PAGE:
This may not work for everyone but we all need to find a version or concept that does, because challenges are irrelevant if you don’t stick with them. You may like to look at when you’ve been successful; study the elements of the success; repeat those elements in other pursuits.

Improvements and learnings

Obviously, I’m stronger and more conditioned. The overall challenge was big but daily challenge was small – 10 REPs added each day is totally achievable. I carry myself better – taller, more open, more ‘confidently’. I’m cardiovascularly fitter – the daily bursts of integrated movement create an interval training effect. Away from the physical, I have social connections with like-minded humans: my wife and best friends are doing it with me; my coach community has joined or supported me; and clients have joined. I feel more positive after each session; more mobile; more stable; more energised. I have higher self-esteem and an almost overwhelming feeling of resilience and ‘toughness’.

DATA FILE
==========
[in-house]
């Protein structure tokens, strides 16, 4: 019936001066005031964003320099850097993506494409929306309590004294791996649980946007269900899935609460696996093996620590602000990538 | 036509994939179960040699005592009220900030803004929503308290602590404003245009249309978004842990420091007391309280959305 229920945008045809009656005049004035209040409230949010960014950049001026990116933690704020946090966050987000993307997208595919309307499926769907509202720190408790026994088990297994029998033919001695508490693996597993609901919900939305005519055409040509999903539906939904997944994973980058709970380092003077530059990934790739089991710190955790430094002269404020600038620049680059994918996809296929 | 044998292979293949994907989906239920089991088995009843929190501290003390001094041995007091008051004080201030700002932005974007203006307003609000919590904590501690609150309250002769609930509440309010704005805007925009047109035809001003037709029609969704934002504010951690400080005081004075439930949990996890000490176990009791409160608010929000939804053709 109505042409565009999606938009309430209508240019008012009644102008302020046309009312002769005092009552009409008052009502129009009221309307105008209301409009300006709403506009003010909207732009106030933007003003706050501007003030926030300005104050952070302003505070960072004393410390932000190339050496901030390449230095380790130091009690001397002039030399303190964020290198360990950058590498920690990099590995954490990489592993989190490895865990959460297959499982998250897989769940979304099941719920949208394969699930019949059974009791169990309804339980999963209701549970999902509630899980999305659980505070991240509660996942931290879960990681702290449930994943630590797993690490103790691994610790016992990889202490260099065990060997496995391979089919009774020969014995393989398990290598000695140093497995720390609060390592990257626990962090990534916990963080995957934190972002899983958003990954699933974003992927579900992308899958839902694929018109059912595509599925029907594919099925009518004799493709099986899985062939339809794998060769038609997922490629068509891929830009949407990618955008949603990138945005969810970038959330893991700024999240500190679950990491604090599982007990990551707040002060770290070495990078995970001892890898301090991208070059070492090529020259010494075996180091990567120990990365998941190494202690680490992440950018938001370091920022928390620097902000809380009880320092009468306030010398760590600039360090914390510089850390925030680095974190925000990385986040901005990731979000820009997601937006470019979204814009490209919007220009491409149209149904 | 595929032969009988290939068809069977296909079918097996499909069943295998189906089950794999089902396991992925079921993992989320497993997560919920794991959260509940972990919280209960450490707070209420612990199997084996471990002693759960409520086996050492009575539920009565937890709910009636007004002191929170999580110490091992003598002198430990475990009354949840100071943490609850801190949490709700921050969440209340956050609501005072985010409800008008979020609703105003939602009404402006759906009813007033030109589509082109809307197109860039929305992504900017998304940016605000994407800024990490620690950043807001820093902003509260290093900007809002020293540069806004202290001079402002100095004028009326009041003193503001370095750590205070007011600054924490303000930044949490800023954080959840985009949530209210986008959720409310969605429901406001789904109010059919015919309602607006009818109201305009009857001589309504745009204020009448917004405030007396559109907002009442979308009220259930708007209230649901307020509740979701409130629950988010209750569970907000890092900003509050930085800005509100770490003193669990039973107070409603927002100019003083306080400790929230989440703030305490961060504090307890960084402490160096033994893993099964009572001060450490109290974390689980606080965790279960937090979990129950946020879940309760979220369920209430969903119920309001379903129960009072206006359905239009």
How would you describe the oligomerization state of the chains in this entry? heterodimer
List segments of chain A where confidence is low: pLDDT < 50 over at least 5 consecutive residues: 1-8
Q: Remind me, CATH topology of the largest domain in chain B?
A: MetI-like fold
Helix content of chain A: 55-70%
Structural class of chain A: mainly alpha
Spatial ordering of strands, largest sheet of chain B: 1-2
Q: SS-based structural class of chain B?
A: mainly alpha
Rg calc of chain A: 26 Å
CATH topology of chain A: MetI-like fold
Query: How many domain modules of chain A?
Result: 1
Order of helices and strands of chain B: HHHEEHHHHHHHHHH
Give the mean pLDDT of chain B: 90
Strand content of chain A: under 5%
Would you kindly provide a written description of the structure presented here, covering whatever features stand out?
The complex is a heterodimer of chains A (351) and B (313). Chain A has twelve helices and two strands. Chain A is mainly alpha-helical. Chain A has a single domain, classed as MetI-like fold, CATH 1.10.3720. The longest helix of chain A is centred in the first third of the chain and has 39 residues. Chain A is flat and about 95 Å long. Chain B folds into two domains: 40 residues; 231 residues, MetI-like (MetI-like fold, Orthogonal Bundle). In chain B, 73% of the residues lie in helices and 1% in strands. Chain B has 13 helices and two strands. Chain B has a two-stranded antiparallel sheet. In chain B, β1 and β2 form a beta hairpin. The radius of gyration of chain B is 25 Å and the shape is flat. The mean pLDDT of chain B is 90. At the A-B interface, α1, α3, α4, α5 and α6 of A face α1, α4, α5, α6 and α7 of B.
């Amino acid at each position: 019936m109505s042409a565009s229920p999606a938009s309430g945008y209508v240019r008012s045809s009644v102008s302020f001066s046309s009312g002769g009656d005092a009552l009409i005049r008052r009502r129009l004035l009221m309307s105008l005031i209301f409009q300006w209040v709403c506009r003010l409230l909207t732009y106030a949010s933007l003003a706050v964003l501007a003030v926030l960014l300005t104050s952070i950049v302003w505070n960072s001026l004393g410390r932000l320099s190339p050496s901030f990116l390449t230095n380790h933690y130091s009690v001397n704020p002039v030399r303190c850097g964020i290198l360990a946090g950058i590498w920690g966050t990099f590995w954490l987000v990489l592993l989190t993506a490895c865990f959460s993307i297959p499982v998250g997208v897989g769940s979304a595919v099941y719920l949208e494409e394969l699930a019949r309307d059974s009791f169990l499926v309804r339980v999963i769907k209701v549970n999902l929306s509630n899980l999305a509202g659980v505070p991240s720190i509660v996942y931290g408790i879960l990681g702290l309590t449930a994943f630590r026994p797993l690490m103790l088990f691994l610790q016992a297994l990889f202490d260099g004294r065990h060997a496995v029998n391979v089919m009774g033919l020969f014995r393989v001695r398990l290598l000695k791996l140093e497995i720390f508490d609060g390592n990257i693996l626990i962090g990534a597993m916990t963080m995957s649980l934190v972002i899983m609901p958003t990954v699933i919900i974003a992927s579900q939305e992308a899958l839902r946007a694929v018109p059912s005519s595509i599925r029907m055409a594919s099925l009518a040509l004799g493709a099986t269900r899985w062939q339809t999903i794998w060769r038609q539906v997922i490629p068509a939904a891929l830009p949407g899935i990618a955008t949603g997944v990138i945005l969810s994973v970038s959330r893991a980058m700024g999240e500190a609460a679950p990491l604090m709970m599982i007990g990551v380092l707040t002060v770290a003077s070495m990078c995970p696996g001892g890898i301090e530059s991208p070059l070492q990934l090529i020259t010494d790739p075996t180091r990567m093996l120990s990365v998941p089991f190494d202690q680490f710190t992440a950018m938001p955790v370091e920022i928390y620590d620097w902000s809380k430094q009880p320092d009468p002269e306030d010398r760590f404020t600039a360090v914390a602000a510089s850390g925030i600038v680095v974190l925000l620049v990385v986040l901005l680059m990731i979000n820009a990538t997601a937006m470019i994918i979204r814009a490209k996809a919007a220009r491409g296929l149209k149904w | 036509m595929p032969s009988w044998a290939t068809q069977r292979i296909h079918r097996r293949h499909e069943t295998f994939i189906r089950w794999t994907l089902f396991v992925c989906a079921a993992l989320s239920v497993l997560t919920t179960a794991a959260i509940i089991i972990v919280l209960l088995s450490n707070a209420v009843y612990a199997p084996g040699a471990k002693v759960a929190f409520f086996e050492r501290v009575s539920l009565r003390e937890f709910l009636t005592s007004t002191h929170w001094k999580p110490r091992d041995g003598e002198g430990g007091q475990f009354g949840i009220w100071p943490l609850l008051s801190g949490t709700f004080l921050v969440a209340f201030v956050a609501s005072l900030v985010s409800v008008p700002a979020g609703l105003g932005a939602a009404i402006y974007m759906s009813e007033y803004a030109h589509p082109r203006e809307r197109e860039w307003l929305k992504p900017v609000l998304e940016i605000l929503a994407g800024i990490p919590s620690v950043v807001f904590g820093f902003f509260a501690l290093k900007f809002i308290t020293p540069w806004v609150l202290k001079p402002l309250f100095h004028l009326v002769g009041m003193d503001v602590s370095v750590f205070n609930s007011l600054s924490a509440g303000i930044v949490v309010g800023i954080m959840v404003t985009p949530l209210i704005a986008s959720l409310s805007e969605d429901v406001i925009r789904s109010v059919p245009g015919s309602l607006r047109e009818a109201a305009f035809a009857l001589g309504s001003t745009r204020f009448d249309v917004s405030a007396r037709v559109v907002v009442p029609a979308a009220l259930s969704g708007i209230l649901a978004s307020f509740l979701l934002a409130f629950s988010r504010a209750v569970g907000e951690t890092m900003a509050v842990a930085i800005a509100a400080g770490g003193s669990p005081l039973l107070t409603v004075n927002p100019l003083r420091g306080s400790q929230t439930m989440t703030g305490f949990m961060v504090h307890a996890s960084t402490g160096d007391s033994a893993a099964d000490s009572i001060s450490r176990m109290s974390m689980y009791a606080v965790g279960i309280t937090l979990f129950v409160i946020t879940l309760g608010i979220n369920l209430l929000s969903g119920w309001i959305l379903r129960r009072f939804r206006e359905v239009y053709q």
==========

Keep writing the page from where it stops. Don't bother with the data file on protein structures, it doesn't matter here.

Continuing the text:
The days when you’re aching, tired or feeling negative are survival days. They need negotiating with a kindness to self, coaxing with light loads and a gentle heart. My community members have realised they need to adapt the challenge to their own unique humanity – cap the REPs; take a rest day here and there; break up the REPs across the day; change the movements; change their mindset; change their environment; change their company, etc. It’s been fascinating watching the process teach each person about themselves and what they need to do to be successful. But most have continued, which speaks volumes.